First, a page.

By Robine Jean-Pierre
The other night, during my week away for Thanksgiving, I sat down with my two sisters and cousin to watch a brief BBC documentary on Netflix called “KKK: The Fight for White Supremacy.” When my cousin first recommended it, I had felt a bit hesitant and reluctant, not wanting to go to bed with angry, uneasy thoughts swimming around in my head. Seeing as it was only fifty something minutes long, and the only complaint anyone else had was “it probably won’t teach us anything we don’t already know,” I gave it my mostly undivided attention.
The interviewer, Dan Murdoch, spoke to active members of the Ku Klux Klan, namely the Loyal White Knights chapter. (To be honest, every time I write “KKK” I feel like I’m writing a curse word or “666” or something. I almost expect the Internet to report me or highlight it.) There is a lot I could say about the interesting remarks they made. What stood out to me the most were the blatant contradictions the interviewees made. All of their comments revolved around a central theme of preserving their heritage and expressing pride in their white identity. This sounds so innocent, at first; after all, other races are allowed to do this without being questioned. No one has a problem with Latino Pride or Black Pride. However, this changes once you hear their outrageous claims about Black people being savage and uneducated, bringing drugs to the community and increasing the crime rate. The interviewer asked different members whether they considered themselves to be racist, and nearly everyone said no, even after making explicitly racist comments. It makes me wonder what they believe racism is.
The textbook definition for racism is:
“A belief or doctrine that inherent differences among the various human racial groups determine cultural or individual achievement,usually involving the idea that one’s own race is superior and has the right to dominate others or that a particular racial group is inferior to the others.” (Dictionary.com)
With increased travel, globalization, and education, racism is something we are becoming more socially aware of, and it is becoming more publicly condemned. Most people, even those who are unwittingly racist, identify racism as something negative, something undesirable. “Racists are bad people, and I am not a bad person,” they think to themselves. Very rarely do people want to admit that they are racist, even when it is clear that they are. That is why you can have some members of the KKK say that they are not racist, when we know that the KKK is entirely race-fueled. Part of the problem is a heavy, surreal ignorance clouding many of the secluded towns where the KKK thrives. In these communities, White people could go most of their lives without ever seeing a Black person, let alone talk to one. It’s extremely easy to make an enemy of the unknown.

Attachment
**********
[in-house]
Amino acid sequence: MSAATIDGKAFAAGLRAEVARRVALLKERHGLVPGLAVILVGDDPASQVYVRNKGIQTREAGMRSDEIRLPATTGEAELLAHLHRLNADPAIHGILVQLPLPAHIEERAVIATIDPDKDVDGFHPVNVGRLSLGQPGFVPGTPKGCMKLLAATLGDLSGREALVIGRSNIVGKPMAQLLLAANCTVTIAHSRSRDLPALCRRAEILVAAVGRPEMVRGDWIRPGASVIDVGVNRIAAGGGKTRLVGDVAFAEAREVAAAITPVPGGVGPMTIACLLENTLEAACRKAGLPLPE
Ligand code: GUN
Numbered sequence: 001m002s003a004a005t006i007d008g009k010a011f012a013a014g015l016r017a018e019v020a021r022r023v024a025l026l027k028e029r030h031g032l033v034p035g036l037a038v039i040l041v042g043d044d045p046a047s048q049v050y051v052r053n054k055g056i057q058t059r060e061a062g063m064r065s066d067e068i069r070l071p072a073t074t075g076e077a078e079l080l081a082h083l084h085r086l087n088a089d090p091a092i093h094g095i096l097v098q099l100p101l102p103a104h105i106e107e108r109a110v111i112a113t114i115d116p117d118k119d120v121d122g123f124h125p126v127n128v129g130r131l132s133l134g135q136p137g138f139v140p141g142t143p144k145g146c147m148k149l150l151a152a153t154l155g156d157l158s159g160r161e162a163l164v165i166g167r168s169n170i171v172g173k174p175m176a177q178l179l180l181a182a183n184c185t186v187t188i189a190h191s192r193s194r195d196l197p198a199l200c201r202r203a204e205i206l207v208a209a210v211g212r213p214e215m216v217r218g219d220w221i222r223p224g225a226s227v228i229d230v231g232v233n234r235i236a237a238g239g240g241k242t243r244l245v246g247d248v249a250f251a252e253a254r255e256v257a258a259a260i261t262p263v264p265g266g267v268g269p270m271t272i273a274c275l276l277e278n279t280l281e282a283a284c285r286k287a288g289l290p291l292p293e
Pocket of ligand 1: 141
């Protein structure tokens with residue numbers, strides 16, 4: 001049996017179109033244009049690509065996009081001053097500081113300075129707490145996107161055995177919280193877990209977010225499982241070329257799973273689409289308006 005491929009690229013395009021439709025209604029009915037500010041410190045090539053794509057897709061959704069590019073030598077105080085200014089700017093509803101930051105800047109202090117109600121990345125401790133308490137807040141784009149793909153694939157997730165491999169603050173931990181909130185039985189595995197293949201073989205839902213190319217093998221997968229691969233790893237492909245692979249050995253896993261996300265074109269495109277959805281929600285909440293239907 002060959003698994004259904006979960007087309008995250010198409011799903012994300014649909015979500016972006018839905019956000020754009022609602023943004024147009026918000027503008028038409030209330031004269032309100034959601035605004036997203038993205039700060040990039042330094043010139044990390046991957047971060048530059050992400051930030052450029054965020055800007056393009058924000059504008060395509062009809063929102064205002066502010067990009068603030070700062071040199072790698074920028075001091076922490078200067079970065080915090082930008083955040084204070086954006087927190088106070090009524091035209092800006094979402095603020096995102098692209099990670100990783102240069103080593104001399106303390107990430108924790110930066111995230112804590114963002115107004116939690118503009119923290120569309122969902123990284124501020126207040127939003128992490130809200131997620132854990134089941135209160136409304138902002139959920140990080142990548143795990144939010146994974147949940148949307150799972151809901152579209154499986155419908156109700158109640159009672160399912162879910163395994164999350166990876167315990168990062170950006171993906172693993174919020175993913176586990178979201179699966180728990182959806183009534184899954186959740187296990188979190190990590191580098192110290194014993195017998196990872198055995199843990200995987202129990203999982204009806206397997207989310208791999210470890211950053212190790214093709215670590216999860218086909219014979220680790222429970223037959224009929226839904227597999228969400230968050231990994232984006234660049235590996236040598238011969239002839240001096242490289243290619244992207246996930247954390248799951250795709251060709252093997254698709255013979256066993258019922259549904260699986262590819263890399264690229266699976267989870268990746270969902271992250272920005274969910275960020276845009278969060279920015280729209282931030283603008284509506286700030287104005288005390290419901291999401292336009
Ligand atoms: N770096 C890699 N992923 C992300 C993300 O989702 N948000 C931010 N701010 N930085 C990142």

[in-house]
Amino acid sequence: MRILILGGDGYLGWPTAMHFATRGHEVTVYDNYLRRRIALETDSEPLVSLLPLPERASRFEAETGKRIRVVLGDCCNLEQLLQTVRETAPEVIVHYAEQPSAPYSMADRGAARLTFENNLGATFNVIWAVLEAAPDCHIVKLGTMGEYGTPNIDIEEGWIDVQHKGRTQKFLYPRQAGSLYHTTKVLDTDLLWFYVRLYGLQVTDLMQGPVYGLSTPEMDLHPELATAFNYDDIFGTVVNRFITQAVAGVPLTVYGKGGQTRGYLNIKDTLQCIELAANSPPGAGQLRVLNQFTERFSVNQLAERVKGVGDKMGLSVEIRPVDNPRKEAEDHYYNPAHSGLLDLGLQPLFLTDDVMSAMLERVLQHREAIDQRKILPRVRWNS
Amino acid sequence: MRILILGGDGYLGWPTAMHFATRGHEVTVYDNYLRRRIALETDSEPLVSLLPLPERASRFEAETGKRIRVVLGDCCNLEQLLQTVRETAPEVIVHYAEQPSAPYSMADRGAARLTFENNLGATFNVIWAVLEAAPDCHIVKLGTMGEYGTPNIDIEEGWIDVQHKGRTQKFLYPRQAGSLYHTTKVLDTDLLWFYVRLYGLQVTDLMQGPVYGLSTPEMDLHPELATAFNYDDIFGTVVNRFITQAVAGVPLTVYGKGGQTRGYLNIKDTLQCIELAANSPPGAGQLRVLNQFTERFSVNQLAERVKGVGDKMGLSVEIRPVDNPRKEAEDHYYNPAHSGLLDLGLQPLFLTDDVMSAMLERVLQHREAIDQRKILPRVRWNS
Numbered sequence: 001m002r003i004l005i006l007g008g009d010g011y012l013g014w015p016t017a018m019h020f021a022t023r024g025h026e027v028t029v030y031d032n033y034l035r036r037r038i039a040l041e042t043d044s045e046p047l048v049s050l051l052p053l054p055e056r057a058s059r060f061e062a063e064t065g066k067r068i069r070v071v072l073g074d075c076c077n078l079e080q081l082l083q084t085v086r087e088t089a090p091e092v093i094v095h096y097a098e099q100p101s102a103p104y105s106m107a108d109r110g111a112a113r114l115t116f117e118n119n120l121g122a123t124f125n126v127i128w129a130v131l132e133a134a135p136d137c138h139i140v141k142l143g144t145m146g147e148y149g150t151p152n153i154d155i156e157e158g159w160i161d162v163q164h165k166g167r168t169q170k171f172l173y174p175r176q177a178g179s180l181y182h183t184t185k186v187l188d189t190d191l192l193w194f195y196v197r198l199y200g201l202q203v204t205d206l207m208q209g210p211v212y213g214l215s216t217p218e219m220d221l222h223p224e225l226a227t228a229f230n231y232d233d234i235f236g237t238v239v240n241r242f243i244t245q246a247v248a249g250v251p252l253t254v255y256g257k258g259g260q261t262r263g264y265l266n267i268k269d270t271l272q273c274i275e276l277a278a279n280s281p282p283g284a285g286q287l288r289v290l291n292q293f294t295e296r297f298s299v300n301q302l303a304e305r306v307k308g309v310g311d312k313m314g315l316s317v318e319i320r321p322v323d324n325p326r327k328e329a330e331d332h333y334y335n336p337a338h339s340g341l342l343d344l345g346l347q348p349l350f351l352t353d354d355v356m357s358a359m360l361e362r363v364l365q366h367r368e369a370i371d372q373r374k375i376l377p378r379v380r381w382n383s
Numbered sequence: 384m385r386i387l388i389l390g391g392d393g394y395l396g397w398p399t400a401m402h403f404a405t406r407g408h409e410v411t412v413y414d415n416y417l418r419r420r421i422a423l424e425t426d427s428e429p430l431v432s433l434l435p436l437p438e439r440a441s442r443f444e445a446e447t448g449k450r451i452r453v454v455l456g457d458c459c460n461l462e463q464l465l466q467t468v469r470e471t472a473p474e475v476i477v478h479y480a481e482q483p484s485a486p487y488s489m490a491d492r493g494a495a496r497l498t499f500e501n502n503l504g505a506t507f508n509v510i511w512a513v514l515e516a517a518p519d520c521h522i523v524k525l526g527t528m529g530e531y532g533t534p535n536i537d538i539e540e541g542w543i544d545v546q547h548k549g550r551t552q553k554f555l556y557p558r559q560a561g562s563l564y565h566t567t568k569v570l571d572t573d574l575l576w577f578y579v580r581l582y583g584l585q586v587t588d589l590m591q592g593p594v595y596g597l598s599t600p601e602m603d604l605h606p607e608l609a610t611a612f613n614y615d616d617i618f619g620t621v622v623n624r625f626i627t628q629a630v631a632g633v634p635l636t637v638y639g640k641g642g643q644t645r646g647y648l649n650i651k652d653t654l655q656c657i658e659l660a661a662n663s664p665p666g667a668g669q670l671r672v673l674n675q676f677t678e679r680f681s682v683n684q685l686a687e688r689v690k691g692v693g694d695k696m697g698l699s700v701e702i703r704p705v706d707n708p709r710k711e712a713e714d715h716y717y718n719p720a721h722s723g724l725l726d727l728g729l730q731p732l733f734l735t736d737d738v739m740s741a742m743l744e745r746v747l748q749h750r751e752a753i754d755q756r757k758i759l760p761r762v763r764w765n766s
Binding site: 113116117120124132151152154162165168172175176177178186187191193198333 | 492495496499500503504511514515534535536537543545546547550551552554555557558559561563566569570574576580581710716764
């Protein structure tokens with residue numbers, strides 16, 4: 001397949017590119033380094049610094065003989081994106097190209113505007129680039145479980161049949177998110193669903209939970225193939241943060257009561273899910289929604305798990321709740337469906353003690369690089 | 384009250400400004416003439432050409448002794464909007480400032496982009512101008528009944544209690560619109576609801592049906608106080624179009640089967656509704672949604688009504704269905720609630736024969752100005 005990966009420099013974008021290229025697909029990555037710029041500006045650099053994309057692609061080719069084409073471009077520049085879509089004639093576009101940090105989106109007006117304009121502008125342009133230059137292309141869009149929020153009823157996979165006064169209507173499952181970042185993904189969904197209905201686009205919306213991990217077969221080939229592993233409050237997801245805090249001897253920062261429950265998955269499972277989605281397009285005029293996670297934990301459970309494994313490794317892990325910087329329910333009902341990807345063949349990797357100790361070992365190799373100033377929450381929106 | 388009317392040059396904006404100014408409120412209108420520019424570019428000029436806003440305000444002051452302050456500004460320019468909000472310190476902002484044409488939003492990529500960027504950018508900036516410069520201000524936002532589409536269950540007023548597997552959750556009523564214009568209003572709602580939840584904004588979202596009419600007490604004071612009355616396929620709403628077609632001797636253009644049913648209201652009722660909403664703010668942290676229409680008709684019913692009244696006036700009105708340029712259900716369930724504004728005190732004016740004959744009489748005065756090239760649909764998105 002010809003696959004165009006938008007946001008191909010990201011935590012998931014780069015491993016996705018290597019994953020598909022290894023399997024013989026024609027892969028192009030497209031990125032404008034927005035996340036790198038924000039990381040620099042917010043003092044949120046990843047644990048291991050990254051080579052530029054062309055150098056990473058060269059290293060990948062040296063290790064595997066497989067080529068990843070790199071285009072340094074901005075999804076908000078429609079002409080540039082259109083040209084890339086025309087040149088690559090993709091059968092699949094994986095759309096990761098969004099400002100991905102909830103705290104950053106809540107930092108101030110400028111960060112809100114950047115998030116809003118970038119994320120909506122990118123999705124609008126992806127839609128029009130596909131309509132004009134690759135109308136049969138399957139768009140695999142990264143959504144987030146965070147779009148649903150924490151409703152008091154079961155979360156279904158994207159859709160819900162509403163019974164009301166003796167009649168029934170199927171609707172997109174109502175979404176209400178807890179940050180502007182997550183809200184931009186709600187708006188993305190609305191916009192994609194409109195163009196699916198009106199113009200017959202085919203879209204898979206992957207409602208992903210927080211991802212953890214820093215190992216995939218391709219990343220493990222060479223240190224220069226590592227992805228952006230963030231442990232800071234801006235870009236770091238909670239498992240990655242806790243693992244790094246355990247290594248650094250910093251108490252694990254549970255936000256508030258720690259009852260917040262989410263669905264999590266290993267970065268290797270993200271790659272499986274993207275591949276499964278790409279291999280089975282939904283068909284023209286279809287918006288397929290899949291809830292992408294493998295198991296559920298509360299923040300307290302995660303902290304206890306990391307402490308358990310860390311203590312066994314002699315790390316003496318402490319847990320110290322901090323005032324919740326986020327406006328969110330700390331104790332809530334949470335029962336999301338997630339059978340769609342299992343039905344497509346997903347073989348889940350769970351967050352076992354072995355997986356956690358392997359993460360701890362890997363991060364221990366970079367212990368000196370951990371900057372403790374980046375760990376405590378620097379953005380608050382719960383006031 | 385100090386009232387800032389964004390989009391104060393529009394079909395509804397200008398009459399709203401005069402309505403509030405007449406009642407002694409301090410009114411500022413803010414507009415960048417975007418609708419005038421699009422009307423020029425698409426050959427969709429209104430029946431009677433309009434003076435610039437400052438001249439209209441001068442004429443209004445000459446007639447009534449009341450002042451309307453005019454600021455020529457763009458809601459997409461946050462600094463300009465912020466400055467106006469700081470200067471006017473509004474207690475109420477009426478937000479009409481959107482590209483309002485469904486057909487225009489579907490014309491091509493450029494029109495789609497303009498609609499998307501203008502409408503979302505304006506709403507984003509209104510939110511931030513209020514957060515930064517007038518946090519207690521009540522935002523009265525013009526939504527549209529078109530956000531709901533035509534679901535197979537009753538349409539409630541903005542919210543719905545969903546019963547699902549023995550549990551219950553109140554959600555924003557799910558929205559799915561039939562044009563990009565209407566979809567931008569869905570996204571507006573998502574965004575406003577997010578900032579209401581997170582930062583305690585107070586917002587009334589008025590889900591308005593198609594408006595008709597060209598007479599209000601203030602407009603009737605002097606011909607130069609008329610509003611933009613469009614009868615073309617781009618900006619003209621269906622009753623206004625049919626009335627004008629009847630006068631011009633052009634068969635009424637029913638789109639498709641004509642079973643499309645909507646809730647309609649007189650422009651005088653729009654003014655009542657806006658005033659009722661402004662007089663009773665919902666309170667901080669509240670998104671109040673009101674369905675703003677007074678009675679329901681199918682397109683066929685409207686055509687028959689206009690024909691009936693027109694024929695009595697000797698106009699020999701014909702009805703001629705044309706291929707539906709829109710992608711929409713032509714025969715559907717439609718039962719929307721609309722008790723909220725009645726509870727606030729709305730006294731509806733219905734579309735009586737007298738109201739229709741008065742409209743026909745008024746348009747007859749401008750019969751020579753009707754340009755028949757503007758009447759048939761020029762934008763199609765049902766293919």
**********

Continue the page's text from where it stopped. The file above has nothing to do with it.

People in general have this self-preservation instinct that is not just physical, but psychological as well. We will do just about anything to defend our opinion, behavior, emotions, etc. One defense mechanism we use all the time is wordplay. We begin to scrutinize words, change the definitions to suit our standing, create all these technicalities and nuances in order to weasel our way out of responsibility. Many of the members of the KKK justified themselves by doing just that. One person said of a ritual they practice, “We don’t burn crosses, we light them, to represent that Jesus is the light of the world.” (I could go on a whole sidebar as to why this statement is so problematic. To keep it simple, Jesus Christ is supposed to be a pure, righteous figure, so of course, putting his name into anything would supposedly validate their actions.) Making that distinction between “burning” and “lighting” is also a way of making what they do sound less threatening.
The climax of the documentary was a KKK parade, where a Black-power group was also determined to make their presence and cause known. The KKK members were alright with using racial slurs against Blacks since even before the parade, earlier in the interview. Their excuse was a common case of “fight fire with fire”: “If they can call us ‘cracker,’ then we can call them ‘n***er.’” One of the Loyal White Knight leaders explained how he had been called many harsh names in a mostly Black school growing up.
By no means do I have the cure for racism, but what I can say is that we need to take some responsibility on a local level. Stop blaming the other side, whoever that “other” may be; stop focusing on the past; stop playing word games and beating around the bush. To coin Shakespeare, racism by any other name would smell just as rotten. We need to be honest with each other, facing head-on those residual, stale beliefs passed down by experience and our ancestors, if we could ever even hope to change our world.
“Let them be just that, our ancestors beliefs, not ours. Let them be something we read about in textbooks and not what we see in the news.”
–Samantha P., blogger for The Buzz